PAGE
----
Why not be in the thick of the action and help out? We may not be the main players or the big ones but we can do our part. If everyone did a little here and there, we would have a much better nation.
And if you’re unsure what goes on in the voting centre, read my blog post from 2013 when I was a PACA. I was a complete newbie and yet I did it. So can you.
Don’t give in to your excuses or fear. Your country, my country, our country is far more important.
Some 30 years from now, your grandkids will ask you: what did you do on the election day of GE14, the most important milestone for Malaysia?
Are you going to say, well, I napped after I cast my vote?
Or that you were part of the history in the making, no matter what history it would be.
I’ve always been political starting with reading Aliran magazines when I was 16 (thanks to my dad). And there is nothing wrong with wanting a better country.
I always tell others, our country is amazing but we have leaders who are not. And if there’s something to change, we must change it. Of course, everyone tells me it’s gonna be dirty this time (when is it ever not?).
So if there’s one thing to do this GE, please sign up as a PACA and go for trainings. It’s the least you could do for your motherland.
This is really “berkhidmat untuk negara”. Not a crappy tagline in some Government letter.
If you want to do your duty for Malaysia, please sign up as a PACA. Get your friends and families. Anyone above 21 can be a PACA. There are trainings going on weekly so you never need to be afraid of not knowing what to do.
The worst attitude is that “other people can be PACA” and give a tonne of excuses like you’re away, not free etc. It’s only 1 day in 5 years that you get into the action and if you’re a polling agent, maybe the most 2 hours of duty. If I, a complete newbie, can do it in 2013, you can do it too.
Email: email@example.com or call 019 443 2088 or 04 641 3088. This is for the Bayan Baru area but if you prefer to be in town or elsewhere on Penang, do let them know when you call them. I am sure PKR shares resources like PACA with DAP and the rest.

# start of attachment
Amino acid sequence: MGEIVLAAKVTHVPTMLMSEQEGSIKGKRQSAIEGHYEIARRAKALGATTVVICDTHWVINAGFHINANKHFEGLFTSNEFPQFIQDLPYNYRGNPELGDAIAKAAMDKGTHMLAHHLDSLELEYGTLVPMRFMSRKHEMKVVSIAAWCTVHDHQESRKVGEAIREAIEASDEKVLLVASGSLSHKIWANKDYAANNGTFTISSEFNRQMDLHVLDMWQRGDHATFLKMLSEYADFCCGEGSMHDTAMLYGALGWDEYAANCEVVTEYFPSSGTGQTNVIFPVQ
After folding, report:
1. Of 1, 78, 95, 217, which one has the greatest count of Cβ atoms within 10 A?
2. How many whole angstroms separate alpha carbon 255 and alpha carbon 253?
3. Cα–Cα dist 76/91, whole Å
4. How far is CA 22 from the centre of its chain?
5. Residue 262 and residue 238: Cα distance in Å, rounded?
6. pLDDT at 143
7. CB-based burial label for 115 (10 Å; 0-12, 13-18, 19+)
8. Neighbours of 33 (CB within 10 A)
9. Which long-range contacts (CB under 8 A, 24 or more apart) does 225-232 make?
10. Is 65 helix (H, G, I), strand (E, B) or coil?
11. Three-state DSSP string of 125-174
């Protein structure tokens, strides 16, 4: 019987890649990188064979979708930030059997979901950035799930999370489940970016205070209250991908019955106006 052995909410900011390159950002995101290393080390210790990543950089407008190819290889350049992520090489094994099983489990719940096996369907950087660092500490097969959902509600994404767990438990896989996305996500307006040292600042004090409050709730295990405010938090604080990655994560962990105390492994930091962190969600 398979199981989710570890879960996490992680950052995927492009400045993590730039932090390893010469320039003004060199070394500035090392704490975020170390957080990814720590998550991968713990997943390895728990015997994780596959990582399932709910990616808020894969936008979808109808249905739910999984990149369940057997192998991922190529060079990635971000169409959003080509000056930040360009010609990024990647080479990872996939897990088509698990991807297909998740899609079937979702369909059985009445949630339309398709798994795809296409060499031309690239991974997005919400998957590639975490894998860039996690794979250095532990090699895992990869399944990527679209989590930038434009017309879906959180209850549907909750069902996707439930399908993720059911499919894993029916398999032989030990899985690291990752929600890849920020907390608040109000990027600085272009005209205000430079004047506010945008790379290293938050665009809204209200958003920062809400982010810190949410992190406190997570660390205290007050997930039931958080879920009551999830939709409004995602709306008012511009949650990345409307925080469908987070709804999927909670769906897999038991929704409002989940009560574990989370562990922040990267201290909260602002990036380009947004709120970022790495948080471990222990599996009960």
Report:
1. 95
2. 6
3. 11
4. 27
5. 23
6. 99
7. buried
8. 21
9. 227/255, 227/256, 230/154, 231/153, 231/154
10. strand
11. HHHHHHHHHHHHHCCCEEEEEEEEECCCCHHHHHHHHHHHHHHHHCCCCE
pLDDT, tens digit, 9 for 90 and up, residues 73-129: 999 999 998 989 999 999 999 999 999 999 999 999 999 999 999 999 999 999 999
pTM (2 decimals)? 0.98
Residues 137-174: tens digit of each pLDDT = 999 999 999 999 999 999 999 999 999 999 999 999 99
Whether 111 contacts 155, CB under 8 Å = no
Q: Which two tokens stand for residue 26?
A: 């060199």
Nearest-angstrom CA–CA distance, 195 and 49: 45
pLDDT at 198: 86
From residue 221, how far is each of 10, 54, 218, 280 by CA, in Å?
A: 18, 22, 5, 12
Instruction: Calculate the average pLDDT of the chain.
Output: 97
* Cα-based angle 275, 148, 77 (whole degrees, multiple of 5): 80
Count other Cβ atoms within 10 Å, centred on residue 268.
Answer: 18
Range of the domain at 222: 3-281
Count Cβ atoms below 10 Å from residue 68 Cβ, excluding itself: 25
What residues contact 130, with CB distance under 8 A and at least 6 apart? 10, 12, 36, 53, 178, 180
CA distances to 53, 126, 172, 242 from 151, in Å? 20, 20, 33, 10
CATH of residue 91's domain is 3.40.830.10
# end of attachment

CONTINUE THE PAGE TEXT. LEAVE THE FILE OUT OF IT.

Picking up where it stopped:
This week has been very eventful. I started it by attending a John Maxwell conference on leadership at G Hotel and these days, leadership is a big topic. It’s classic. It’s evergreen. Leadership never goes out of style.
I had debated with myself whether I should go. After all, I had been reading his books for a while now. His books were insightful and full of good reminders that the key to leadership is always self-leadership.
I have been struggling with this for a while too.
Leadership isn’t always about a position or a title. I remember attending Robin Sharma’s workshop years and years ago in KL and he kept hammering this point over and over. All of us can lead even if we’re not the CEO or the COO. Even the tea lady can be a leader if she decided to do so.
In business, I have had to lead alongside Nic. While he takes care of the strategy, design and what-not, I usually take care of the communications which include everything from emails to what we say on our Facebook, website and WhatsApp. It also includes designing programmes, following up with potential partners and collaborators and ensuring things are done and on time.
In the community, Nic leads as the chairman of our residents’ committee. He ended up being voted in as the chairman because we were once so upset that the previous committee wanted to cut down trees within our resident compound.
I have a curry leaf tree that’s 12 feet tall in my garden. I grew it from a sapling when I moved into my ground floor apartment. So imagine our indignation when a bunch of hired workers came around one morning and started looking at our tree. They were speaking in Tamil and wondering why they were asked to cut down a perfectly healthy tree!
We stopped them. And after we stopped them, Nic and I went around knocking on residents’ doors and asking them to join us at the upcoming AGM to protest such crazy decisions. That was the start of our crusade to keep our tree. The reason given was that our tree might fall during a storm and damage cars. This does not hold water as our tree is far away from the secondary car park lot.
So that was really how we ended up being the overzealous couple who walked up flights of stairs in each block and knocking on doors and talking to people! We just wanted them to attend the AGM with us (because each AGM, there will never be enough quorum and residents all shy away from attending and voicing what they thought!).
When the AGM rolled around, there was such a huge turnout of residents that we even shocked ourselves.
And we asked the then committee why in the world would anyone want to cut down perfectly healthy trees? I shall spare you the illogical answer.